If they happen to have a website link in their bio check it out so that you’ll have something to talk about. Taking note of details like that shows that you actually care and are not in it just for the following.


Those people will come back to see who you are and will most likely do the same for you, which is engage. And that’s what you actually want, right? The amount of followers and likes, it’s just a numbers game. It doesn’t really MEAN anything unless you’re audience is actively engaging with you.


Engagement is just a buzzword that means that people value your content enough to take time out of their day to pay attention to you and what you have to say. Return the favor and engage with them back!


This can lead to anything like:

  • A new commission order

  • A brand deal

  • A fan

  • A supporter

  • A sponsor

  • A referral

  • A new freelance contract


Create your own opportunities, you don’t need permission to get the green light.

Main Point : Practice engaging with people who don’t follow you for about 20 minutes in a week or where ever you can fit it in.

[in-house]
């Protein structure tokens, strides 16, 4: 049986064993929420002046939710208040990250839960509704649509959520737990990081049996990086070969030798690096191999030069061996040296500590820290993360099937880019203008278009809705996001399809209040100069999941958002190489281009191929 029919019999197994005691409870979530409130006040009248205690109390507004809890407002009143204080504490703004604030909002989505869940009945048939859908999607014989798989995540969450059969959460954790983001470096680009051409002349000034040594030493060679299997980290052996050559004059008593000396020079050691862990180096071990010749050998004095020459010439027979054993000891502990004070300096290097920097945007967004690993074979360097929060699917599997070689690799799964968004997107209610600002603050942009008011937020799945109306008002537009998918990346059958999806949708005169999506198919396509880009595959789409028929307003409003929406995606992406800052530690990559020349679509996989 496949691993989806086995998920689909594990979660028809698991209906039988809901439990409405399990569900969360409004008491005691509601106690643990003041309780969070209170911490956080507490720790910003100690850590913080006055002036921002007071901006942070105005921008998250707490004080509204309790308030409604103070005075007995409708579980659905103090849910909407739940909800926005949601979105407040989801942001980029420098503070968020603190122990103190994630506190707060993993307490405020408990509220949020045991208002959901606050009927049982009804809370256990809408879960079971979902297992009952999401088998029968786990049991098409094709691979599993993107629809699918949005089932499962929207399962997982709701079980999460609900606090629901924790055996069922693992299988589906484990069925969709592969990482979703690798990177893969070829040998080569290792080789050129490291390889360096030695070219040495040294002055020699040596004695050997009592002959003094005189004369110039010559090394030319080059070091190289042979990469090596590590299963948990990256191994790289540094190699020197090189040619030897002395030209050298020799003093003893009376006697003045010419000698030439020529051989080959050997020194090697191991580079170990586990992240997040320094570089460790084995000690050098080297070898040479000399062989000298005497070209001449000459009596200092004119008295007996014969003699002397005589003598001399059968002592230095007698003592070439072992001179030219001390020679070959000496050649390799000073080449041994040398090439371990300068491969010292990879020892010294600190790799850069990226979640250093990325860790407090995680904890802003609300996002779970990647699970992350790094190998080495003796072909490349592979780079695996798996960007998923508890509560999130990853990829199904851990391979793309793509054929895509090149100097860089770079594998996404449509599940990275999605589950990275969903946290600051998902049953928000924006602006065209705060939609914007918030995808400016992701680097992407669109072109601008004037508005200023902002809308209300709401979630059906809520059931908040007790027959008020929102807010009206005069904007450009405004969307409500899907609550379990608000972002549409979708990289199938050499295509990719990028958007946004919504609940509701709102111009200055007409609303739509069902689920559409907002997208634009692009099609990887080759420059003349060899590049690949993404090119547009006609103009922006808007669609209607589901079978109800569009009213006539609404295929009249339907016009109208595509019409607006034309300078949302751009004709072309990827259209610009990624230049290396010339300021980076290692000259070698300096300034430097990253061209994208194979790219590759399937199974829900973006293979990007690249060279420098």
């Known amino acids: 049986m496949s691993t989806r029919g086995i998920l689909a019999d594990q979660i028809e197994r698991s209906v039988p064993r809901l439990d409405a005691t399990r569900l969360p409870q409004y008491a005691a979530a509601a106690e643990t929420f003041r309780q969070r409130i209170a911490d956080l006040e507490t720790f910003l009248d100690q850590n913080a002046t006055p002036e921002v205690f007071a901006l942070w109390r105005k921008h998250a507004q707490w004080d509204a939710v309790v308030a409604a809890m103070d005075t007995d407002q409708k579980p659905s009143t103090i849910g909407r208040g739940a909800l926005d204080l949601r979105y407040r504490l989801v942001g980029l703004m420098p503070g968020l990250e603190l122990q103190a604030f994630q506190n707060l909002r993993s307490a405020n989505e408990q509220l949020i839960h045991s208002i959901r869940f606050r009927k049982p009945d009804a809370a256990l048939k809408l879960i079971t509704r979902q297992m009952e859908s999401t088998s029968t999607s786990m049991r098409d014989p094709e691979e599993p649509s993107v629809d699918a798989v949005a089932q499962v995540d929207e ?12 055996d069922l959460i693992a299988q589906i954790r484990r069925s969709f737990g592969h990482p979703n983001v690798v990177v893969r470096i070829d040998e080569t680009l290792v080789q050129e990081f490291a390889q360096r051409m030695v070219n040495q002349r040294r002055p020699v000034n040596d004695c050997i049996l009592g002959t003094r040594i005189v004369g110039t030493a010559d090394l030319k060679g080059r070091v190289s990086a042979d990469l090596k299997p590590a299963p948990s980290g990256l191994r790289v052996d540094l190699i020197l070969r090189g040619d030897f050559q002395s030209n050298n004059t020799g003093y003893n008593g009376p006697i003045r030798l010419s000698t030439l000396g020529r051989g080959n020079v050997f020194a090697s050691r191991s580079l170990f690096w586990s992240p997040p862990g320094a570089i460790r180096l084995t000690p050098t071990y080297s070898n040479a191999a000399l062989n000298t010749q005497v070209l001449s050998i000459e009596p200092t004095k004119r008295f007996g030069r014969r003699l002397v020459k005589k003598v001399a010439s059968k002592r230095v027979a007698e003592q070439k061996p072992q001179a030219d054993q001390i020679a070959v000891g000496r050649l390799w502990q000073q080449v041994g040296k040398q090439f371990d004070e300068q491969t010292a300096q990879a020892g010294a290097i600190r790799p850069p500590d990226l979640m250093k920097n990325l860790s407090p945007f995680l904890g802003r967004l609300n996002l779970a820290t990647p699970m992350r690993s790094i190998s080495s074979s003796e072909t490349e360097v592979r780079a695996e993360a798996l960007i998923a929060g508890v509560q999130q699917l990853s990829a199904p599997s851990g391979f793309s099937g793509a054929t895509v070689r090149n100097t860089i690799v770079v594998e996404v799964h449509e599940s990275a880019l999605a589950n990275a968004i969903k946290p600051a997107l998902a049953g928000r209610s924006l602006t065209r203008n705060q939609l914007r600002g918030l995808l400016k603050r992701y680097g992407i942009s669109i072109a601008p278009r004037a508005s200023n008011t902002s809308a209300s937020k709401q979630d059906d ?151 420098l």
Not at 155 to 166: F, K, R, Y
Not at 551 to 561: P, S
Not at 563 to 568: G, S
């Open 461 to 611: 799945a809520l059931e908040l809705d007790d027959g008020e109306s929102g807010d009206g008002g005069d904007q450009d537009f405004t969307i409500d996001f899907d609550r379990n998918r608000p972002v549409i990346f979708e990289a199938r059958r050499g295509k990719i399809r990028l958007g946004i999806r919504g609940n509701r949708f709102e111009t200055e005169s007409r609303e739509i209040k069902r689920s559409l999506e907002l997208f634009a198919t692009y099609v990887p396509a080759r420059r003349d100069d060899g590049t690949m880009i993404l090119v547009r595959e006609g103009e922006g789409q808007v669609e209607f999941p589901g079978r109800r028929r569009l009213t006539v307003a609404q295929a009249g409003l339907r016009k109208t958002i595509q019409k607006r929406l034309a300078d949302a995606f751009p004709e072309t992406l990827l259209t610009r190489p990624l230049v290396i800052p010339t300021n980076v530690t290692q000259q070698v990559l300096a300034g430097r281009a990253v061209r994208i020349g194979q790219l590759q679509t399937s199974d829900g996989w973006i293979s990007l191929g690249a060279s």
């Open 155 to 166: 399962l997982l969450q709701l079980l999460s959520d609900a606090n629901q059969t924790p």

3 | Automate some of your posts


Like anyone these days, I have a slight addiction to social media and it’s a problem. I say that with a hint of sarcasm and a whole lot of guilt. Social media takes too much time away from more important things I could be doing for my business and myself.


So I said let’s make a change.


Buffer is an app that let’s you schedule your posts across several social media for free (and for a low monthly cost you can add more like Pinterest!). I learned the basics from here!


It’s pretty easy to use and the best thing is that is also has an analytics side that can track things like, likes / comments. It highlights “Top Posts” for content that did extraordinarily well compared to your previous ones. 


If you have lots of photos of artwork or content ready to post but don’t have time to come up with the description / hashtag and the-whole-nine , just pick a day and schedule your posts for the whole week. BAM. Done. 


Buffer will notify your phone when the time comes to post and will copy + paste the description you came up with earlier so you literally just have to post it.